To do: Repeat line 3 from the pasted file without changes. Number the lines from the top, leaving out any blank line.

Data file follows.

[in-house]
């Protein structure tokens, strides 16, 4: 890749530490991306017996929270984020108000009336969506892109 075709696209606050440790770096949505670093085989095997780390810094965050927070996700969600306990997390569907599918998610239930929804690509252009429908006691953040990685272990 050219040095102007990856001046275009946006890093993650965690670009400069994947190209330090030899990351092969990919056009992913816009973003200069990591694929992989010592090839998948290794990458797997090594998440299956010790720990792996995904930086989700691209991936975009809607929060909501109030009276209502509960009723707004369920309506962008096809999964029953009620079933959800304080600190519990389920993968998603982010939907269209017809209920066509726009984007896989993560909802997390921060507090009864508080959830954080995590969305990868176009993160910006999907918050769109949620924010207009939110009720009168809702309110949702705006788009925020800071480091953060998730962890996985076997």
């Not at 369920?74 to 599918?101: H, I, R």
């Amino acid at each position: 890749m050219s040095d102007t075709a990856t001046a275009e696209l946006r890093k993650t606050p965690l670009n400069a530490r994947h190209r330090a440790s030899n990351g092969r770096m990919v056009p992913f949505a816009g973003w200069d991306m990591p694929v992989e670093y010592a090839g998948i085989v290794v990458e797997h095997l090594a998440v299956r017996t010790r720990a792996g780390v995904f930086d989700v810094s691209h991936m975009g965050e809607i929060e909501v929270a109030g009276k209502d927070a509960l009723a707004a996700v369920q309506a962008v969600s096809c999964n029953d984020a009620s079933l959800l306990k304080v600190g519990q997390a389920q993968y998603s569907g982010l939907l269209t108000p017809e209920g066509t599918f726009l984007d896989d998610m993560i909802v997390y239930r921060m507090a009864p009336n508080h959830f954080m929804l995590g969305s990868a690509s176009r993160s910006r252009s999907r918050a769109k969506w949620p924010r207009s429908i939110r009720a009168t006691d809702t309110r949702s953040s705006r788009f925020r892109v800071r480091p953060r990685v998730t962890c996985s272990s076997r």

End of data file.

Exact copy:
């Not at 369920?74 to 599918?101: H, I, R």